The Purpose and Process of Capital Budgeting

Custom Student Mr. Teacher ENG 1001-04 27 September 2016

The Purpose and Process of Capital Budgeting

Capital budgeting is the process of evaluating and selecting long-term investments that are in line with the goal of investors’ wealth maximization. When a business makes a capital investment (assets such as equipment, building, land etc.) it incurs a cash outlay in the expectation of future benefits. The expected benefits generally extend beyond one year in the future. Out of different investment proposals available to a business, it has to choose a proposal that provides the best return and the return equals to, or greater than, that required by the investors. In simple Capital Budgeting involves:-

•Evaluating investment project proposals that are strategic to business overall objectives •Estimating and evaluating post-tax incremental cash flows for each of the investment proposals •Selection an investment proposal that maximizes the return to the investors However, Capital Budgeting excludes certain investment decisions, wherein, the benefits of investment proposals cannot be directly quantified


The capital budgeting decisions are important, crucial and critical business decisions due to following reasons: (i).Substantial expenditure: Capital budgeting decisions involves the investment of substantial amount of funds. It is therefore necessary for a firm to make such decisions after a thoughtful consideration so as to result in the profitable use of its scarce resources. The hasty and incorrect decisions would not only result into huge losses but may also account for the failure of the firm. (ii).Long time period: The capital budgeting decision has its effect over a long period of time. These decisions not only affect the future benefits and costs of the firm but also influence the rate and direction of growth of the firm.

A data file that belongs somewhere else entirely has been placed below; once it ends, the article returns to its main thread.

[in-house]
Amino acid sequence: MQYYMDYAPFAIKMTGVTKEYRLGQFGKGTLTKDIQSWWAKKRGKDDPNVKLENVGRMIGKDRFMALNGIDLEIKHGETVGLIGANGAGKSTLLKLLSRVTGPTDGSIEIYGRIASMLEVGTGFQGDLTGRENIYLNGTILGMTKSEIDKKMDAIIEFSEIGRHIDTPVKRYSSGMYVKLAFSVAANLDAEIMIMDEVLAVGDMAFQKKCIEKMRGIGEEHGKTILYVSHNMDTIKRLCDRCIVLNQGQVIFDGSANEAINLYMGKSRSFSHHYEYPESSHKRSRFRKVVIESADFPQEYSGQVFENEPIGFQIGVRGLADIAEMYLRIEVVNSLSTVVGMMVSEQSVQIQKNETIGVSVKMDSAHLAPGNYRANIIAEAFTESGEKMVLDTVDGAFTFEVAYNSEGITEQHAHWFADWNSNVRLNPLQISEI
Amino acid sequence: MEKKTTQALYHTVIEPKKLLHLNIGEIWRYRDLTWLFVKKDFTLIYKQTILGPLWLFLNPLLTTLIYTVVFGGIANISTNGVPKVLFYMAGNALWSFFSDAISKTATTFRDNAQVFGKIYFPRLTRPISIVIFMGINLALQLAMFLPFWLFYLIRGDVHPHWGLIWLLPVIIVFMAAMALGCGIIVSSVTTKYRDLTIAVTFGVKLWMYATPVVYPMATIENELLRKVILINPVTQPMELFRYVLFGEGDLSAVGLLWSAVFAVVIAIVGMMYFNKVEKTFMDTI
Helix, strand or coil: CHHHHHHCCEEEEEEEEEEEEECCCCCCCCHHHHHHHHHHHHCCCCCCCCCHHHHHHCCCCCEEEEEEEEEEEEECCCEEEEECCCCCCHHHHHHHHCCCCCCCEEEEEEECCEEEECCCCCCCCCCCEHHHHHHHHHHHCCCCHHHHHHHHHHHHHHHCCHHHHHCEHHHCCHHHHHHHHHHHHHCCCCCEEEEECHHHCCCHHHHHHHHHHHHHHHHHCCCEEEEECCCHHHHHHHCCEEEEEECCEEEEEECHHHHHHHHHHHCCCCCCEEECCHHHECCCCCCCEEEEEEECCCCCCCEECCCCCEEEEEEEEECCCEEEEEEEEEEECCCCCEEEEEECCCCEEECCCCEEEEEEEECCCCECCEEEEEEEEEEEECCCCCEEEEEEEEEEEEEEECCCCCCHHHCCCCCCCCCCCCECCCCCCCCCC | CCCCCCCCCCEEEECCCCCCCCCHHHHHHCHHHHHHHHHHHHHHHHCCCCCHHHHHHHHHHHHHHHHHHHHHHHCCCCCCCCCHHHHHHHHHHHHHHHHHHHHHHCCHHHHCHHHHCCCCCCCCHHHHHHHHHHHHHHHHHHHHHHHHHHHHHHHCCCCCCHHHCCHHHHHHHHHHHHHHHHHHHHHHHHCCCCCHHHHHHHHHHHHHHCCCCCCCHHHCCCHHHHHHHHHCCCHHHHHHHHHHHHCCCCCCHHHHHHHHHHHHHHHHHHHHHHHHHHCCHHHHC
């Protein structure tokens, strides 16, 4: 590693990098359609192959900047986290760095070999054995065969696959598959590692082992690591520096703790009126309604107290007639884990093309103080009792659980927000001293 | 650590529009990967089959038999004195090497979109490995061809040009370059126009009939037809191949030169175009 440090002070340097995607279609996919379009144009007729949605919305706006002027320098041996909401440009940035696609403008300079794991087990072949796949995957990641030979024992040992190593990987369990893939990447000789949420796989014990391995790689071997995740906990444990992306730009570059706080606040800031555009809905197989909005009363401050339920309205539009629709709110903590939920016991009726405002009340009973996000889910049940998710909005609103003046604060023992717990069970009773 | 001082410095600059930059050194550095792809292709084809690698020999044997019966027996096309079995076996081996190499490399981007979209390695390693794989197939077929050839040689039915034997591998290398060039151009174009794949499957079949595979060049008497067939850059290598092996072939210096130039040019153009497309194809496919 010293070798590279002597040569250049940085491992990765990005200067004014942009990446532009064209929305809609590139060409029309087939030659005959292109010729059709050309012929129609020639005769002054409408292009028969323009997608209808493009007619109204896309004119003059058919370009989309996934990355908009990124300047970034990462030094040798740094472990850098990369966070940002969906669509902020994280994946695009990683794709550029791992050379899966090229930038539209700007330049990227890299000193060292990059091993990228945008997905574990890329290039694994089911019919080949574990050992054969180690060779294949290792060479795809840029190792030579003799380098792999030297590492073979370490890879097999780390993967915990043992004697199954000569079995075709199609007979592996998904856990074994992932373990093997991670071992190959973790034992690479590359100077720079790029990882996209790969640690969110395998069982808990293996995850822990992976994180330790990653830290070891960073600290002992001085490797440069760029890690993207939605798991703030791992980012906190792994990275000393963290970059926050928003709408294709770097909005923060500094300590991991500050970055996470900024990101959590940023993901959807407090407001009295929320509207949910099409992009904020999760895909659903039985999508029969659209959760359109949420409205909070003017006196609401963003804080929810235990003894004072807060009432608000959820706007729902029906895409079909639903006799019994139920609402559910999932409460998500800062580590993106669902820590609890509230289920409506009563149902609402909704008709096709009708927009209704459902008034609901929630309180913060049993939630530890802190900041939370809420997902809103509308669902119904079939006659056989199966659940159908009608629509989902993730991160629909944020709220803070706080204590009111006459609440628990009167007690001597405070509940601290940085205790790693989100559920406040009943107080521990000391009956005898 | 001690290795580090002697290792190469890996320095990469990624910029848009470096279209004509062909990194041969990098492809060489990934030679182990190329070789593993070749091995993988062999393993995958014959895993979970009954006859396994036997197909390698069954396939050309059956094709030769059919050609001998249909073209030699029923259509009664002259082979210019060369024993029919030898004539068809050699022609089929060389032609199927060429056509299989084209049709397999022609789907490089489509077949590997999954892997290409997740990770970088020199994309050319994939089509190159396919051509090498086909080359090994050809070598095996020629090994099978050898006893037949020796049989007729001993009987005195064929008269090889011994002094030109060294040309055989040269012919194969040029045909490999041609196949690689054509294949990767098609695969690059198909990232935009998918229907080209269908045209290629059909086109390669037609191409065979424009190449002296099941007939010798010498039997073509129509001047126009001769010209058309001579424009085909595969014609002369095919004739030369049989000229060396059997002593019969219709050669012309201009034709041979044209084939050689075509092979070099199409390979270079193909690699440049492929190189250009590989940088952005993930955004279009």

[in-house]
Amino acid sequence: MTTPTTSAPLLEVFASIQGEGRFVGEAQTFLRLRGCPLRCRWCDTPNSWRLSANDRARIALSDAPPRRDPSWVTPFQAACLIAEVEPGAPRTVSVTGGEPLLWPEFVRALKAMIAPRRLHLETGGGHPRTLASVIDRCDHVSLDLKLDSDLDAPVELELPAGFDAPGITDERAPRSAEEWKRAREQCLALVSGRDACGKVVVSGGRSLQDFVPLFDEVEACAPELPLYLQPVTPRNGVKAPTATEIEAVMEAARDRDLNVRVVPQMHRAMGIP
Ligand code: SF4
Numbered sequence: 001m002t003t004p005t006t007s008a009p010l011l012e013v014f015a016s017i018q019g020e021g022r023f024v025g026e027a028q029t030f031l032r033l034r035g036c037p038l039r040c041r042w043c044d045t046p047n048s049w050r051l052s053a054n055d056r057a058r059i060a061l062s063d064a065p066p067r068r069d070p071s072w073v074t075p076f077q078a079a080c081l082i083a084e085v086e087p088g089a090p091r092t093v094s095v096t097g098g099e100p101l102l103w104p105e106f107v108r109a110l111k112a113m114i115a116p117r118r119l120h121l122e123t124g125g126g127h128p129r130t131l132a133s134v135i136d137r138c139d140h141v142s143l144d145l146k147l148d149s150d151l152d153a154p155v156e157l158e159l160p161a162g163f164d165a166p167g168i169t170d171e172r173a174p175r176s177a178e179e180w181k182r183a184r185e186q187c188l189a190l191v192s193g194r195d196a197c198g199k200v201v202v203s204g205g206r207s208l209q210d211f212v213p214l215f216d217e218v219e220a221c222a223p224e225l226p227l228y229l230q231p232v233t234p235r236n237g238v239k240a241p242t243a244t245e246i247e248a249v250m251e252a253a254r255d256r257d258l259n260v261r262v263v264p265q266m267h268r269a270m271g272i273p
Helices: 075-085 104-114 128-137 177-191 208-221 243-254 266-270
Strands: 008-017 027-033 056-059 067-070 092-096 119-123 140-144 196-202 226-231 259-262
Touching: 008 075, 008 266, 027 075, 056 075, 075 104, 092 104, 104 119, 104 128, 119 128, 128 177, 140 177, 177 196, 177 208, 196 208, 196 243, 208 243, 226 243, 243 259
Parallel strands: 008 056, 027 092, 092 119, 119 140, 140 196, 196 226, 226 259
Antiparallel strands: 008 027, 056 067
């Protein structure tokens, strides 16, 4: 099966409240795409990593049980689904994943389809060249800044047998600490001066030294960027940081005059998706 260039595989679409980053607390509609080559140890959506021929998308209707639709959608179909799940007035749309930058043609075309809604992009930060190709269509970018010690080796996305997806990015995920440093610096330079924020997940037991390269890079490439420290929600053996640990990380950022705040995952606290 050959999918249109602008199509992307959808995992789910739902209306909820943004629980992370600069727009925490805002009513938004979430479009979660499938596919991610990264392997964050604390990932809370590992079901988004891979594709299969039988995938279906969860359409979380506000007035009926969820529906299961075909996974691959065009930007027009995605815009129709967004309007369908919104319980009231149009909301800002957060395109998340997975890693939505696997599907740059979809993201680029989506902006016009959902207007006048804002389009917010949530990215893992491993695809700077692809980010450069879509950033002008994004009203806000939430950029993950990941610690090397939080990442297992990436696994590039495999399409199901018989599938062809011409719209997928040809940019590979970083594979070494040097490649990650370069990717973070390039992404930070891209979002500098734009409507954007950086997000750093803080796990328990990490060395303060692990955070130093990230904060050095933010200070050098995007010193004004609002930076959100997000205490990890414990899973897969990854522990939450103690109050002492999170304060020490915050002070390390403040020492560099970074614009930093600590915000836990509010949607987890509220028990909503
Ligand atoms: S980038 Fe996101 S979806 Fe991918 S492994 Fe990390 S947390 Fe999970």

(iii).Irreversibility: Most of the investment decisions are irreversible. Once they are taken, the firm may not be in a position to reverse them back. This is because, as it is difficult to find a buyer for the second-hand capital items. (iv).Complex decision: The capital investment decision involves an assessment of future events, which in fact is difficult to predict. Further it is quite difficult to estimate in quantitative terms all the benefits or the costs relating to a particular investment decision.


The extent to which the capital budgeting process needs to be formalised and systematic procedures established depends on the size of the organisation; number of projects to be considered; direct financial benefit of each project considered by itself; the composition of the firm’s existing assets and management’s desire to change that composition; timing of expenditures associated with the projects that are finally accepted 1)Planning: The capital budgeting process begins with the identification of potential investment opportunities. The opportunity then enters the planning phase when the potential effect on the firm’s fortunes is assessed and the ability of the management of the firm to exploit the opportunity is determined. Opportunities having little merit are rejected and promising opportunities are advanced in the form of a proposal to enter the evaluation phase. 2)Evaluation: This phase involves the determination of proposal and its investments, inflows and outflows.

Investment appraisal techniques, ranging from the simple payback method and accounting rate of return to the more sophisticated discounted cash flow techniques, are used to appraise the proposals. The technique selected should be the one that enables the manager to make the best decision in the light of prevailing circumstances. 3)Selection: Considering the returns and risks associated with the individual projects as well as the cost of capital to the organisation, the organisation will choose among projects so as to maximise shareholders’ wealth.

4)Implementation: When the final selection has been made, the firm must acquire the necessary funds, purchase the assets, and begin the implementation of the project. 5)Control: The progress of the project is monitored with the aid of feedback reports. These reports will include capital expenditure progress reports, performance reports comparing actual performance against plans set and post completion audits. 6)Review: When a project terminates, or even before, the organisation should review the entire project to explain its success or failure. This phase may have implication for firms planning and evaluation procedures. Further, the review may produce ideas for new proposals to be undertaken in the future.


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  • University/College: University of Arkansas System

  • Type of paper: Thesis/Dissertation Chapter

  • Date: 27 September 2016

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